Committed to Community Safety & Well-beingA MESSAGE FROM THE PRESIDENTBy Chief Nishan Duraiappah When you got into policing, what were your prime motives for choosing law enforcement as a career? For me, an important motivator was the desire to do something – that would make a difference – that would have a positive impact on the world around me. I suspect that many of you would echo that sentiment.Throughout my policing career, there have been highs and lows, challenges, opportunities and many experiences in my professional and personal life that have influenced this journey. As police leaders, we need to constantly ask ourselves – whether as individuals or as members of the police – if we are “making a difference,” especially as our police profession navigates evolving community safety needs.When I started out as a new cadet in December 1995, the world was a very different place. Policing was different, too. However, many of the issues we are dealing with today haven’t really changed. For example, we are still wrestling with how to deliver effective public safety services in an efficient manner that respects taxpayers’ investments in their police organizations while supporting the important work of our frontline officers and our civilian personnel. As a result, we have evolved our policing approach to addressing these long-standing issues.Over the last few years, I’ve worked with senior police executives from across Ontario, Canada and the world through the OACP, the CACP, the IACP, the Major Cities Chiefs Association and other policing groups. I have grown increasingly convinced that the concepts of safety and well-being are critical if we are to achieve success in today’s world.Dedication to Commitment Anyone who knows me or has heard me speak has probably heard me emphasize the need to ensure that community safety and well-being be the foundation for all we do. Whether we are talking about multi-sector partnerships or taking care of our own people, we need to do so while ensuring people feel safe and respected for who they are and what they do. That means every encounter with an individual is an opportunity to make a positive impact. These are opportunities to make individual lives and communities better. When it comes to our police members, those in both formal and informal roles of leadership must care about their people’s professional, physical and mental well-being.The concept of accountability can sometimes have a negative context, but in my view, it’s another word for commitment – Commitment to each other within policing and commitment to the communities we serve. As our work continues to evolve, we are compelled to ensure our people feel supported in every aspect of their work and that we continue to invest in them in order to meet our profession’s expectation of high standards.OACP members are looked to by Ontarians to be community leaders and advocates. As we know, our job is not just to enforce the law. It’s also about finding innovative public safety solutions that are co-owned with community partners. In this issue of H.Q. magazine, you can see what some of these leaders are doing to make community safety and well-being become a reality, making vibrant police organizations real, tangible things.I’m pleased to share with readers what my own organization is doing when it comes to the concept of community safety and well-being. This issue also features what the Wikwemikong Police Service is doing to promote culturally-based and trauma-informed workplace wellness, how Halton Regional Police Service is fighting workplace harassment, the ways in which the Toronto Police Service is addressing the important issue of race- and identity-based data collection and the lessons learned by Barrie Police Service as they navigate the world of evidence-based policing.All these articles – and others on our H.Q. magazine website – point to the importance that OACP members place on community safety and police member wellness. Throughout 2023, I anticipate that these two issues will remain critical for all police leaders in Ontario. I know OACP members are up for the challenge.Nishan Duraiappah is Chief of Police of Peel Regional Police. In 2022-23, he served as President of the Ontario Association of Chiefs of Police.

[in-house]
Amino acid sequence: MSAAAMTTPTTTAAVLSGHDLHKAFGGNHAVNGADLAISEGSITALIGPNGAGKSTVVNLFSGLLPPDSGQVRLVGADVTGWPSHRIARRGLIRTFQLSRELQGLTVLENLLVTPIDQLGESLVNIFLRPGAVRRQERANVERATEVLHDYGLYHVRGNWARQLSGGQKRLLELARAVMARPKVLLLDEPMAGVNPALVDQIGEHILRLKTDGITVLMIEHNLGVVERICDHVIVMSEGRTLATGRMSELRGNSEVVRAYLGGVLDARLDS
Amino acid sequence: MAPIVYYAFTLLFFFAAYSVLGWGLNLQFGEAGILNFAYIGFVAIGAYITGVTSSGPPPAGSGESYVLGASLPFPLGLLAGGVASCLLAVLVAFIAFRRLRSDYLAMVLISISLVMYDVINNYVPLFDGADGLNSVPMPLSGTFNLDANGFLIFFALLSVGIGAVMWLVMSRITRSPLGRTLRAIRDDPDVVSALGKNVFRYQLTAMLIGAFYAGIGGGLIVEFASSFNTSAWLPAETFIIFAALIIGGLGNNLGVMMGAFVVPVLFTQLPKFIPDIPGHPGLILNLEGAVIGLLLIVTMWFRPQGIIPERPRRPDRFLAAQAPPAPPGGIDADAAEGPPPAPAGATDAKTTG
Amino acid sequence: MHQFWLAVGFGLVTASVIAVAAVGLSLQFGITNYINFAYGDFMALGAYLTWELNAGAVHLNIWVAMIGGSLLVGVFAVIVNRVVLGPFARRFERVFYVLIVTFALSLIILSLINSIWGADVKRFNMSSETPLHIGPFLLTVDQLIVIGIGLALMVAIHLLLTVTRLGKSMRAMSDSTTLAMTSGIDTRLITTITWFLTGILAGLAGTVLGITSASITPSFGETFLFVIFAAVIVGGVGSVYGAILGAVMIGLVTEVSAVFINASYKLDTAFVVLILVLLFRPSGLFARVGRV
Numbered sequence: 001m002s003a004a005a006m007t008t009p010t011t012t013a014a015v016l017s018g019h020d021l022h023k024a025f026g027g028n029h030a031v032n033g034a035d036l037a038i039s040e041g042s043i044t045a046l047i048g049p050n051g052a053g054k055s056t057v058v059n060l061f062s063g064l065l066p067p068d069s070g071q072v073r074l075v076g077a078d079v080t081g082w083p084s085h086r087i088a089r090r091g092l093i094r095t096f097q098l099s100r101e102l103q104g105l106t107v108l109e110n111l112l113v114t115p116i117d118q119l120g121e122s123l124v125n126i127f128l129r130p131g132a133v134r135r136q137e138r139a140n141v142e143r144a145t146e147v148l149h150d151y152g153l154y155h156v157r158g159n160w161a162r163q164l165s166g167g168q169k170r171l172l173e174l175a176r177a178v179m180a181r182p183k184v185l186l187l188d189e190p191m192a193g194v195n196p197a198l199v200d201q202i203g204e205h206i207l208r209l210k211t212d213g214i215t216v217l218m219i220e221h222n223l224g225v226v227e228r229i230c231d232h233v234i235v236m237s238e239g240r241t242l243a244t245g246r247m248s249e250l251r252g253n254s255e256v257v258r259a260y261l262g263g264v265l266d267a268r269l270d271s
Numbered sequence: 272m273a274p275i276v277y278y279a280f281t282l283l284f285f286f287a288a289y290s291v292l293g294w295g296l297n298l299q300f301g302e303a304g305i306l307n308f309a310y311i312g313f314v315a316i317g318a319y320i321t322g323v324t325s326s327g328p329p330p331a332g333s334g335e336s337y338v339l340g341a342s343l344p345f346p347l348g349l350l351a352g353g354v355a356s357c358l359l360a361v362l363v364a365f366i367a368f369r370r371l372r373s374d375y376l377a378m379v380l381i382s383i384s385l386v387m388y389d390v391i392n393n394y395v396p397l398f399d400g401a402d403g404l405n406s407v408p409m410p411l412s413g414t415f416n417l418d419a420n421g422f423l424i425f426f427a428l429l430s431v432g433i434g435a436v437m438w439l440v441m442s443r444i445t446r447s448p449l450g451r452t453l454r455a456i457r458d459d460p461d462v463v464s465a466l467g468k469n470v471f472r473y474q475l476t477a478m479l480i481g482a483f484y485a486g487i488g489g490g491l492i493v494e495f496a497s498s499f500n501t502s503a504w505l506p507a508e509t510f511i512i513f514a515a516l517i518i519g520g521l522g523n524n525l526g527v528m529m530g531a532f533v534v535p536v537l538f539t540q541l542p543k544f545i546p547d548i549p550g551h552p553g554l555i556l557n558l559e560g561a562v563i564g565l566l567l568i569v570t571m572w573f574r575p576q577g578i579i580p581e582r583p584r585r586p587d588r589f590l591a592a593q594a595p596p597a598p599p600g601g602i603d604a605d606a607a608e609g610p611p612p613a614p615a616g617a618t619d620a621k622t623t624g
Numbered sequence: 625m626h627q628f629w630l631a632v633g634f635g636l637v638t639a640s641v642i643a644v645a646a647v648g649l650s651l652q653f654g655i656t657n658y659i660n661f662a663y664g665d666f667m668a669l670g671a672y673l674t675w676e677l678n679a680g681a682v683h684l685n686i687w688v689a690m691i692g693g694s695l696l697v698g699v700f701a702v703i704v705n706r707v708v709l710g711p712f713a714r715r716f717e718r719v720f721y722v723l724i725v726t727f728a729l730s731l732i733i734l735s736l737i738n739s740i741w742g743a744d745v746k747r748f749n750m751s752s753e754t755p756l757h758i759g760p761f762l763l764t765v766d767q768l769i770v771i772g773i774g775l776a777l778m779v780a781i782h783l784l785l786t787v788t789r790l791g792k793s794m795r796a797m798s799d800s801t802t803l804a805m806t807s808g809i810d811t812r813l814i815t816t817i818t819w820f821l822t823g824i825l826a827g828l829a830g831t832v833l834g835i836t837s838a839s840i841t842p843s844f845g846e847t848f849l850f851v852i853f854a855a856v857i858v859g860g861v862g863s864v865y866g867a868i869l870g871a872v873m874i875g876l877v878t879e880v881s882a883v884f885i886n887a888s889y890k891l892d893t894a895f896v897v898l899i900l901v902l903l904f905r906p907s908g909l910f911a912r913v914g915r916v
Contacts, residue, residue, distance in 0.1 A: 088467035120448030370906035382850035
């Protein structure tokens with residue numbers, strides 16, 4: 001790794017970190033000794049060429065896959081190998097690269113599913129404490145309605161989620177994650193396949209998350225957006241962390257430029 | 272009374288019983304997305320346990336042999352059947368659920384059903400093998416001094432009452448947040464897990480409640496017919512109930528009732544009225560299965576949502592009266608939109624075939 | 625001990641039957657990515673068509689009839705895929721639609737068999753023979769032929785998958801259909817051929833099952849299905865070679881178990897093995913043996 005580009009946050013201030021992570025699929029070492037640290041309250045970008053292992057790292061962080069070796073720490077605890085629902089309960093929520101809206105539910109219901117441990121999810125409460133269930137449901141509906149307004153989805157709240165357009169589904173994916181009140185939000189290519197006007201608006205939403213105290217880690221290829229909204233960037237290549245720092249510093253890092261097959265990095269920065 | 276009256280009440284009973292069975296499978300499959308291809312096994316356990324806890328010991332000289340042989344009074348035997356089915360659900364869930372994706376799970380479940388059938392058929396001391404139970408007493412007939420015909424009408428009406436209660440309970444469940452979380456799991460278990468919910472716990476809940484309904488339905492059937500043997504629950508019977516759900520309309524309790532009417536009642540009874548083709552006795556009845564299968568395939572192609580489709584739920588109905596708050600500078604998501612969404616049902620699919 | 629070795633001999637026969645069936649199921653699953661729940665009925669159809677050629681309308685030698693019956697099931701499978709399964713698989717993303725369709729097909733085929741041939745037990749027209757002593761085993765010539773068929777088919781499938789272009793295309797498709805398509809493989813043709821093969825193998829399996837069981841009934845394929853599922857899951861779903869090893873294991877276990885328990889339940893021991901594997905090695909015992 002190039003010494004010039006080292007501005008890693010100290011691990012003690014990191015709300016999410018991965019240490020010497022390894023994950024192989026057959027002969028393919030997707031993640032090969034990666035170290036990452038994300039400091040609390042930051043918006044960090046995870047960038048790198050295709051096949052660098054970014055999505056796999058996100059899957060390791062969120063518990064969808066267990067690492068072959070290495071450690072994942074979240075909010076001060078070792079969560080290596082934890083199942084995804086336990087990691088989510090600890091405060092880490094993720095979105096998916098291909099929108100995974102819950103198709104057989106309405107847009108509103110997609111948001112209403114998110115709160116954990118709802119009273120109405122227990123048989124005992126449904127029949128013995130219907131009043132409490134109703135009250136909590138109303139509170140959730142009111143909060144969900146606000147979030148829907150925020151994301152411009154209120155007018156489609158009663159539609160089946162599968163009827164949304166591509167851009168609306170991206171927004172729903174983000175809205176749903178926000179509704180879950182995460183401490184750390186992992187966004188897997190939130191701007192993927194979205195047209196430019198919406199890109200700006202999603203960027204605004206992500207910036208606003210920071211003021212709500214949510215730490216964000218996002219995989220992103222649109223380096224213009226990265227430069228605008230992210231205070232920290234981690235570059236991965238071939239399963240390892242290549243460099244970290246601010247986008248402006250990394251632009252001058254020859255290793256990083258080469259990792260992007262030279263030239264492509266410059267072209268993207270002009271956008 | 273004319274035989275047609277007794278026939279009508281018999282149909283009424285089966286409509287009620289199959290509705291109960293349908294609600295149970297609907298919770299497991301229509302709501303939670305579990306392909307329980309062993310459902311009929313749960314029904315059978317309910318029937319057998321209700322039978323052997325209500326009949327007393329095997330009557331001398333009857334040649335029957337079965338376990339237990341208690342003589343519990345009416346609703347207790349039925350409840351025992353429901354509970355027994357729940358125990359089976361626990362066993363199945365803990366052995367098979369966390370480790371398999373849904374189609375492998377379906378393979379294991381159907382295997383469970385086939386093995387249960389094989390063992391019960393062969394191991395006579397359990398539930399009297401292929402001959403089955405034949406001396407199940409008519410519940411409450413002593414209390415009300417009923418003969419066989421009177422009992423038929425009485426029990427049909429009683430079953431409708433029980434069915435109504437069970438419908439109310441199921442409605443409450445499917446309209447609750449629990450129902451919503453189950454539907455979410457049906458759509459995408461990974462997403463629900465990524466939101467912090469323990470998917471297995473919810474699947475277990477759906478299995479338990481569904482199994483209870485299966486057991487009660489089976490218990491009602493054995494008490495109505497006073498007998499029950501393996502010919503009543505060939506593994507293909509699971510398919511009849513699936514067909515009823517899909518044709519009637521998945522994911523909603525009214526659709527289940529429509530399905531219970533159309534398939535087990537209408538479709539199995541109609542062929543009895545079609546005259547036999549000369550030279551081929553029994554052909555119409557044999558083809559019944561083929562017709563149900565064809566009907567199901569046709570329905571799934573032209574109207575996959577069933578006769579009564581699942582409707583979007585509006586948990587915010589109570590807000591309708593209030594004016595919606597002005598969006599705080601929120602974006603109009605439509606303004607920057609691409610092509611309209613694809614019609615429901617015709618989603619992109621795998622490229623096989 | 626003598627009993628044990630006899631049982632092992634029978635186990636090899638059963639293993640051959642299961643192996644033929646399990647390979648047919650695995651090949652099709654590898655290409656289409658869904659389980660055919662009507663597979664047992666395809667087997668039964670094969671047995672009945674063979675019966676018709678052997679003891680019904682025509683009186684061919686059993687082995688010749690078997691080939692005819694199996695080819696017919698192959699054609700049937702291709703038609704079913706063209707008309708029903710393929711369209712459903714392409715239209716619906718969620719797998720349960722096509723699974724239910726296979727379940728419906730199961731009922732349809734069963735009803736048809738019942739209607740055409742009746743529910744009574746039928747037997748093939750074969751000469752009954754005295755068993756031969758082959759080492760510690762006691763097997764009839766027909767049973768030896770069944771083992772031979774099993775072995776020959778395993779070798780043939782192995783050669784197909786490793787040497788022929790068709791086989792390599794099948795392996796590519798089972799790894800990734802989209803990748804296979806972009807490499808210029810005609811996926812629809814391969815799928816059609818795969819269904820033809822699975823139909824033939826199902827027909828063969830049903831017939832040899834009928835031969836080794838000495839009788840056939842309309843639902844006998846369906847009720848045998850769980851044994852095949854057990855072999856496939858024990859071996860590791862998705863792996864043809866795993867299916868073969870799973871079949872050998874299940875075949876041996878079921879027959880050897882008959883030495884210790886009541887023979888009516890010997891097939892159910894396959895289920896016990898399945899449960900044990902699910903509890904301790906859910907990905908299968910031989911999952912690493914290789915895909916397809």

Under the leadership of Chief Jim MacSween, the executive leadership team at York Regional Police (YRP) established a mission to re-imagine leadership development within the organization. YRP knew that standardizing leadership principles and delivering them to all ranks of the organization would enrich the development of ethical and professional leaders.


President ’s Message

As police leaders, living in uncertain times is part of the fabric of our professional lives.


Behind Blue Eyes

Behind Blue Eyes: A Police Officers Resiliency Journal as a way to help myself, other police officers, and first responders heal. My journal is a tool and resource and was created because my 23-year-old self would have benefited from the wisdom, insights, and life experiences that I have now. I was not prepared for the death, trauma, and suffering that I would see in my career. Since I was not prepared for it, I didn’t know how to navigate it or to handle it effectively.


Connect, Lead, Inspire

As policing leaders, there are key elements to consider when it comes to developing outstanding organizations. Opening conference keynote presenter Tanya McCready of the Winterdance Dogsled Tour and author of Journey of 1000 Miles opened the conference with a timely message: time, dedication, trust, and practice are key elements to leadership, as well as ensuring that leaders know their team and where they thrive best.